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The home run revolution has completely passed AT&T Park by

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Before you make jokes about the slap-happy Giants, note that it might not be the team’s fault.

Braves v Giants Photo by Harry How/Getty Images

Large baseball men are hitting long baseball home runs, and they’re doing it more than ever before. Home runs are up, by a bunch, and it’s all fans can talk about. Look at all these dingers? Where did all the dingers come from? Will our children be spared?

And here in San Francisco, we’re living an oblivious existence in a remote, isolated enclave, far away from the dinger scourge. The Home Run Revolution has completely passed us by.

Your first instinct is to make fun of the Giants and their players. That is fine. Run with that instinct. I’ve turned it into a career! But after spending the morning crunching numbers and actually doing “research,” I’m pretty sure that it isn’t just the Giants. It’s the park. It’s immune to whatever is going on.

And whatever is going on has something to do with how the baseballs are manufactured most likely. Two weeks ago, Ben Lindbergh and Mitchel Lichtman reported on tests run on the current baseballs being used. Their conclusion? The baseball has changed. That doesn’t have to mean that the ball is “juiced”, or that the changes were intentional Just that they’re different.

On Wednesday, Rob Arthur wrote about research that he completed on the same topic, and the results were the same. Something is different with the baseball.

Baseball’s camera- and radar-tracking technologies measure the speed of the ball shortly after the pitcher releases it and then again when it crosses the plate. By examining how much speed it loses between those two locations, we can calculate its air resistance (as measured by drag coefficient).

...

I also found a significant decrease in the drag on the ball in general over the past few seasons, with the MLB-wide average drag coefficient dropping by about 0.01 from 2015 to 2017.4 That might not sound like much, but Nathan’s calculations show that even a change that small can add up to 5 feet of distance on a well-hit fly ball,5 which in turn would be enough to make 10 to 15 percent more balls leave the yard in a given season.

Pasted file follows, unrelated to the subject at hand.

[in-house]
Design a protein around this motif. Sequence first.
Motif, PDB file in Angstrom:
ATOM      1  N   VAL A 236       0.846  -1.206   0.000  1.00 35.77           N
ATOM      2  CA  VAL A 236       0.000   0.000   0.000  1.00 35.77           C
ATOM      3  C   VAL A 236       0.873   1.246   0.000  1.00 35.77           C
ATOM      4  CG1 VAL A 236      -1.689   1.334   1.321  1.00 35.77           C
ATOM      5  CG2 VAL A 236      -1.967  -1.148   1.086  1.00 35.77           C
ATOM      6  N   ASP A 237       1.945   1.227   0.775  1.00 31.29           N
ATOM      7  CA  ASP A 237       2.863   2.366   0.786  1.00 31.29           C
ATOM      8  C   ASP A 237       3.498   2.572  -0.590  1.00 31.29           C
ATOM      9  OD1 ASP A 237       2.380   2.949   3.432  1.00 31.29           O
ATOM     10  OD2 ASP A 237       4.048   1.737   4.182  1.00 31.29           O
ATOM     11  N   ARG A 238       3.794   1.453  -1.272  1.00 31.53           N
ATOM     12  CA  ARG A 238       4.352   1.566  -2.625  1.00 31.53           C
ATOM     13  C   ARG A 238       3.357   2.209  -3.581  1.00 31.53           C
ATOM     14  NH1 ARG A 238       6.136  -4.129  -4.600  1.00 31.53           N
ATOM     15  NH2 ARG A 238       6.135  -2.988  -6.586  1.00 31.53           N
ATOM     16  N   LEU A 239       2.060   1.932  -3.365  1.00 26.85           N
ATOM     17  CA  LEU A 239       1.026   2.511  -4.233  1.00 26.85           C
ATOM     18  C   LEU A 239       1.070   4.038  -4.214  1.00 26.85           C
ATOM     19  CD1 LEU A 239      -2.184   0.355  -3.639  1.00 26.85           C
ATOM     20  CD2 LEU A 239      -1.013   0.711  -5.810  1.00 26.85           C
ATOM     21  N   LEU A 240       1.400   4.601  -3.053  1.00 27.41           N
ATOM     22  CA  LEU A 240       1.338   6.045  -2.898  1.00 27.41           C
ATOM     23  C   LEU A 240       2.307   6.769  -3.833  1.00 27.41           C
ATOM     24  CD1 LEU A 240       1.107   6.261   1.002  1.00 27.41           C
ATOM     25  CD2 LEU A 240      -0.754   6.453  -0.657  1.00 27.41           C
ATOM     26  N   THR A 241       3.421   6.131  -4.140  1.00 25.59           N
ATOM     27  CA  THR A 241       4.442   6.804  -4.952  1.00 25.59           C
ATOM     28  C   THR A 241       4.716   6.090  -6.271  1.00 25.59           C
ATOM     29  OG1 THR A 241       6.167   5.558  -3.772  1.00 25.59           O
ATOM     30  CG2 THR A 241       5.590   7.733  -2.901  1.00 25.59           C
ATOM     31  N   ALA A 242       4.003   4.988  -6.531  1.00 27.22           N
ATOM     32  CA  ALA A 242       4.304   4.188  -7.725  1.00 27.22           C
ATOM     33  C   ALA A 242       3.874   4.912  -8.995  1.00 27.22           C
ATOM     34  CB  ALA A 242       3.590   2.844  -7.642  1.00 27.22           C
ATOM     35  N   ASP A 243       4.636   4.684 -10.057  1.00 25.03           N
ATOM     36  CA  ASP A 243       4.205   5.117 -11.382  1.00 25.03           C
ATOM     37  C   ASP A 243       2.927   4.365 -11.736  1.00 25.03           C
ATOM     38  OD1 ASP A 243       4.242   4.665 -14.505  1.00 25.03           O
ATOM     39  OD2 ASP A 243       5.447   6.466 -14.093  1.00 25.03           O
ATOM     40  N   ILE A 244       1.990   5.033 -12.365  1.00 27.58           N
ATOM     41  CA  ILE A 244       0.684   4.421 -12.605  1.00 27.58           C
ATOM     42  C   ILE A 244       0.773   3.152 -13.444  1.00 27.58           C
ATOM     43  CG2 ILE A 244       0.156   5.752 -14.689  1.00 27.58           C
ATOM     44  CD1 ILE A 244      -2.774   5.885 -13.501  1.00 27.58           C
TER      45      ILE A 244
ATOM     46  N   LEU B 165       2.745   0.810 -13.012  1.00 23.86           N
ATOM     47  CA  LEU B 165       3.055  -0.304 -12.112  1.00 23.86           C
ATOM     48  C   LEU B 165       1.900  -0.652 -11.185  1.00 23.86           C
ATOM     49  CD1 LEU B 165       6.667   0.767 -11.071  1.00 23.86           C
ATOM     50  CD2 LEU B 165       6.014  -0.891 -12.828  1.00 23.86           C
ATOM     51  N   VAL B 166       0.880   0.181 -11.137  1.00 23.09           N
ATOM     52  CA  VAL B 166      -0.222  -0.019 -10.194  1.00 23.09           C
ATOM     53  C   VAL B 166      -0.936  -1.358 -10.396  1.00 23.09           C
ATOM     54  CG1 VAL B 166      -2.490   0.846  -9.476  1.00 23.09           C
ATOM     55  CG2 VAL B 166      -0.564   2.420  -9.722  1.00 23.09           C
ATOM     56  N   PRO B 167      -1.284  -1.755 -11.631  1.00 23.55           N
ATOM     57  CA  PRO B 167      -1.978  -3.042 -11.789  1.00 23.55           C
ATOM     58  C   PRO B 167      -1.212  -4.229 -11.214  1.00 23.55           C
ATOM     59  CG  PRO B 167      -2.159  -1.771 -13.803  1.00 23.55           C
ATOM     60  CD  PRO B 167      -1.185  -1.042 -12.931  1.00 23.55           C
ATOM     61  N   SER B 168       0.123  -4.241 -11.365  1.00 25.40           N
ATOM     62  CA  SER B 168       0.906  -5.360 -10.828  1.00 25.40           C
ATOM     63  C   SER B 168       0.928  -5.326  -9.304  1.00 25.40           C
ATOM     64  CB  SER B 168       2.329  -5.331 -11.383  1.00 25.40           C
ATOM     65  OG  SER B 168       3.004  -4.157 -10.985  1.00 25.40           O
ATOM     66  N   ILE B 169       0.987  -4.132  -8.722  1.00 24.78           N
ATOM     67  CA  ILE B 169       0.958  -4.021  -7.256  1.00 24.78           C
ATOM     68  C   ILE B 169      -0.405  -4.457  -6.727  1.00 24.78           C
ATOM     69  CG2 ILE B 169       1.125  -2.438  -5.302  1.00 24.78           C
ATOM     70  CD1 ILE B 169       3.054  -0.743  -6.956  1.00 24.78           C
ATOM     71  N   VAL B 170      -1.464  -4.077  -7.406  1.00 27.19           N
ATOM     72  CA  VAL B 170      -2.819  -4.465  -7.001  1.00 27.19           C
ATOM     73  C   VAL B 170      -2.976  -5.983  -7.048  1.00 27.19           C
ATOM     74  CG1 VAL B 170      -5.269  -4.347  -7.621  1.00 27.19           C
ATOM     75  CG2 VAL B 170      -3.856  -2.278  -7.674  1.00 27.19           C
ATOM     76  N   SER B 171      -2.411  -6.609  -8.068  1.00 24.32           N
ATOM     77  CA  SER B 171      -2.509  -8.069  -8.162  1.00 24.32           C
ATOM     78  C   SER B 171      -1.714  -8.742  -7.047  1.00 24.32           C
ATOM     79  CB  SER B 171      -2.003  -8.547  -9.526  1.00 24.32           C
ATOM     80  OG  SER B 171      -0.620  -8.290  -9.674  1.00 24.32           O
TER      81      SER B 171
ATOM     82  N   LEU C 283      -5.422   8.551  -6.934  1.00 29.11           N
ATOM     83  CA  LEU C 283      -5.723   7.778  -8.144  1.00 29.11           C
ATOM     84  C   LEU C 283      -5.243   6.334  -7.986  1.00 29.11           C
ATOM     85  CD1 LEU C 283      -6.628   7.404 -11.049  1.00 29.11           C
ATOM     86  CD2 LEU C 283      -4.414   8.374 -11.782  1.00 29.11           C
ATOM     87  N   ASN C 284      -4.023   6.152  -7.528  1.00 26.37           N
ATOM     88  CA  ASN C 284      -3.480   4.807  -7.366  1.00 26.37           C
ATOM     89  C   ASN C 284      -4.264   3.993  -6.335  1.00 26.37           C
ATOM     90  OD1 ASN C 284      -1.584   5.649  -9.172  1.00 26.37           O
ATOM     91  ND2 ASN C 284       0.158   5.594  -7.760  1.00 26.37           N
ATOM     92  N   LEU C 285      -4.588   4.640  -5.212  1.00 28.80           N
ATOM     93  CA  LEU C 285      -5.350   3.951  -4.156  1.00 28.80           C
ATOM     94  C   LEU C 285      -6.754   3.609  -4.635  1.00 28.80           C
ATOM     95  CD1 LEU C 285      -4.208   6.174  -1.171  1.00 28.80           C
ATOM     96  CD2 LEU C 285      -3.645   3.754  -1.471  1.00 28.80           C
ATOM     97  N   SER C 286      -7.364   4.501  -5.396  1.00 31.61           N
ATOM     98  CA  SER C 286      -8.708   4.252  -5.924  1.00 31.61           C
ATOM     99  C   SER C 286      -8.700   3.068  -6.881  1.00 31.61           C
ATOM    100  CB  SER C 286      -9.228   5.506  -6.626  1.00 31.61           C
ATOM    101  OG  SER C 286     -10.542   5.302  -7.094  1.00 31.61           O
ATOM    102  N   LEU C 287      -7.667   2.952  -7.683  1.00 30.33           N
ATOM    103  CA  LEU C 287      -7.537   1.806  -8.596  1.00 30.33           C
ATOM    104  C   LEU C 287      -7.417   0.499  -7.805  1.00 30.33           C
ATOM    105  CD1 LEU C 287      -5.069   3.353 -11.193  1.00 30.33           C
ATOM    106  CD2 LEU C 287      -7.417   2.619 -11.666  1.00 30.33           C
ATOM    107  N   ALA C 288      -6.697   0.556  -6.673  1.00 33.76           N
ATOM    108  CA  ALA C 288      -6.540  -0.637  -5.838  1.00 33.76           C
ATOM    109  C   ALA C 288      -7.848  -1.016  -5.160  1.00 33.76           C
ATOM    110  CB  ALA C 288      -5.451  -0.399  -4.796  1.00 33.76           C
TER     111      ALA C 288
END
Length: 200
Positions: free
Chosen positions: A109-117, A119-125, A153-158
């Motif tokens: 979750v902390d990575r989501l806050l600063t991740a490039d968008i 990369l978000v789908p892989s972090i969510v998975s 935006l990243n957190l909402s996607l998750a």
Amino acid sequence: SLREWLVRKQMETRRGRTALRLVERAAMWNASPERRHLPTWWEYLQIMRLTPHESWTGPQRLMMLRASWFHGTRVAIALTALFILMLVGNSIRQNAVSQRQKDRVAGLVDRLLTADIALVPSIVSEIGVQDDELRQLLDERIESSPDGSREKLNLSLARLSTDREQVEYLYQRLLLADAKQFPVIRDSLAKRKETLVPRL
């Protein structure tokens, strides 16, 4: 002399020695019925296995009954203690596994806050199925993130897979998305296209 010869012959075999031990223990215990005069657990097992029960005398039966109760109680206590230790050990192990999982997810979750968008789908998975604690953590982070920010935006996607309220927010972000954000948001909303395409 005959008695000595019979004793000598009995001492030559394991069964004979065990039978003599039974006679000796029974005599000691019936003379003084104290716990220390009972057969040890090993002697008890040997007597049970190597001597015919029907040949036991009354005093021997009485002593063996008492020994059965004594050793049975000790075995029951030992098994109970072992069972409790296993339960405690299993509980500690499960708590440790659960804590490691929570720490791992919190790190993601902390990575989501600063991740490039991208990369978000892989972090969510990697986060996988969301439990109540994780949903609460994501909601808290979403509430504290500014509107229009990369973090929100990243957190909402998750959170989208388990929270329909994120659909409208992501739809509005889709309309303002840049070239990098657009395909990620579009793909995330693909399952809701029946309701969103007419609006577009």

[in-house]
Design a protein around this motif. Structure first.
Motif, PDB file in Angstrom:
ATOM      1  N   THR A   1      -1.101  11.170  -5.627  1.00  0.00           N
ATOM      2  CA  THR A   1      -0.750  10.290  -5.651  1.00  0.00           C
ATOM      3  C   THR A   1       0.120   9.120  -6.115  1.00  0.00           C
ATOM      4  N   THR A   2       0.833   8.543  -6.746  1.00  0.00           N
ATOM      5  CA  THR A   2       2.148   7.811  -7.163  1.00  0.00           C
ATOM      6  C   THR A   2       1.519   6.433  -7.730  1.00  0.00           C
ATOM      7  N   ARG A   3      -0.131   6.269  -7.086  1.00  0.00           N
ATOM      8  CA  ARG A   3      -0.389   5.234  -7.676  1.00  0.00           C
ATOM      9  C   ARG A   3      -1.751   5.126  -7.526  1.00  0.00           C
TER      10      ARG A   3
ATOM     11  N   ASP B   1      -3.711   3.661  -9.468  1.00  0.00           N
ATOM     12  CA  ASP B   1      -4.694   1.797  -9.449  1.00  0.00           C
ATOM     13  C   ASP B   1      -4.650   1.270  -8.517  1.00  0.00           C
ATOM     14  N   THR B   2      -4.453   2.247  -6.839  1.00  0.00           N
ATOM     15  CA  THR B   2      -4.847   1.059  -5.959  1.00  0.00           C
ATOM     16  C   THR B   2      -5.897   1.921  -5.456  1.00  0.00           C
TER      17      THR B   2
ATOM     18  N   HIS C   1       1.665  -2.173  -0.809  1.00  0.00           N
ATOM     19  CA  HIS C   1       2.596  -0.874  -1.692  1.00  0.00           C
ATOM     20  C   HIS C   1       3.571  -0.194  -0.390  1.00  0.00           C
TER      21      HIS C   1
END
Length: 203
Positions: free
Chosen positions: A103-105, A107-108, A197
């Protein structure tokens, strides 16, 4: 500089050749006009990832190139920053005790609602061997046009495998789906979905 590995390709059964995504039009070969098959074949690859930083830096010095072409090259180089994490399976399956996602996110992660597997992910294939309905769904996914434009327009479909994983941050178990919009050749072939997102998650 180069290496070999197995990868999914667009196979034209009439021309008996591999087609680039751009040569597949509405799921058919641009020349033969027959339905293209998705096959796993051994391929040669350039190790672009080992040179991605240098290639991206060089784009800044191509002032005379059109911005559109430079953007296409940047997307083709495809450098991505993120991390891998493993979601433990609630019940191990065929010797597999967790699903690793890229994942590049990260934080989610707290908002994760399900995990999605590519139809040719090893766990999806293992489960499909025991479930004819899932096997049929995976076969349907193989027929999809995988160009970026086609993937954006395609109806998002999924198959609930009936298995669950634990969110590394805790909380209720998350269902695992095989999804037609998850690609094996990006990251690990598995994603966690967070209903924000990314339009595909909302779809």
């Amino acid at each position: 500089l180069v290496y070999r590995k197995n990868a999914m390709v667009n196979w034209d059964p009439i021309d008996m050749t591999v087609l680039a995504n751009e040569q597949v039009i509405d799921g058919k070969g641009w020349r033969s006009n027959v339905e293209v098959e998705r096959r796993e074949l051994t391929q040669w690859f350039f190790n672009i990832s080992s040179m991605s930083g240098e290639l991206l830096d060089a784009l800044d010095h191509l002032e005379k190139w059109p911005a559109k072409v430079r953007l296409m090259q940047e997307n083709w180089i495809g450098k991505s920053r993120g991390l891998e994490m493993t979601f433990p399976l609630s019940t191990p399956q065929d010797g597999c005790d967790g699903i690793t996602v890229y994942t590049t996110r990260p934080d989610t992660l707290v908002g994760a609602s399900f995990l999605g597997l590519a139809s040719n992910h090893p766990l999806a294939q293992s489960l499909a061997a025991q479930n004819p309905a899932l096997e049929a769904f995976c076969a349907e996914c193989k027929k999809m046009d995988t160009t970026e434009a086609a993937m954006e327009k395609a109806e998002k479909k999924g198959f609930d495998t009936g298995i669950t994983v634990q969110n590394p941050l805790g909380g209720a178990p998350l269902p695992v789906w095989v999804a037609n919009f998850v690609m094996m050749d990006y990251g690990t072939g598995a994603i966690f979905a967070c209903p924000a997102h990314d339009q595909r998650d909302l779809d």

The baseball is different, and it’s affecting home run rates everywhere.

Except for AT&T Park. Here’s the Giants’ home run rate on balls put in play there since the ballpark opened:

Giants home run rates at AT&T Park

Year Home runs per ball in play
Year Home runs per ball in play
2000 4.85%
2001 4.33%
2002 3.20%
2003 3.53%
2004 3.69%
2005 2.77%
2006 2.62%
2007 2.29%
2008 1.99%
2009 3.00%
2010 3.39%
2011 1.94%
2012 1.40%
2013 1.90%
2014 2.51%
2015 2.45%
2016 2.44%
2017 1.88%

They’re clearly down, and ha ha, Giants, right? But the Giants are seeing changes away from AT&T Park, just like the rest of the league.

Giants home run rates away from AT&T Park

Year Home runs per ball in play
Year Home runs per ball in play
2000 4.92%
2001 5.75%
2002 5.24%
2003 4.32%
2004 3.91%
2005 2.69%
2006 4.31%
2007 3.25%
2008 2.10%
2009 2.49%
2010 3.79%
2011 3.43%
2012 3.04%
2013 2.78%
2014 3.49%
2015 3.57%
2016 3.27%
2017 3.73%

It’s statistically insignificant compared to last year, but in a league where rates are up for everyone, it’s nice to see that the Giants are up away from AT&T Park. They’re not total freaks.

And it’s not just the Giants, either. Here is what the rest of the league is dealing with:

MLB home run rates away from AT&T Park

Year Home runs per batted ball
Year Home runs per batted ball
2000 4.09%
2001 3.98%
2002 3.70%
2003 3.76%
2004 3.95%
2005 3.66%
2006 3.91%
2007 3.62%
2008 3.63%
2009 3.77%
2010 3.45%
2011 3.44%
2012 3.83%
2013 3.59%
2014 3.22%
2015 3.81%
2016 4.44%
2017 4.90%

And here’s what the rest of the league is doing at AT&T Park:

Opponent home run rates at AT&T Park

Year Home runs per batted ball
Year Home runs per batted ball
2000 2.69%
2001 2.11%
2002 1.83%
2003 2.64%
2004 3.21%
2005 2.91%
2006 2.93%
2007 2.63%
2008 3.30%
2009 3.00%
2010 3.03%
2011 1.86%
2012 2.44%
2013 2.99%
2014 2.54%
2015 2.57%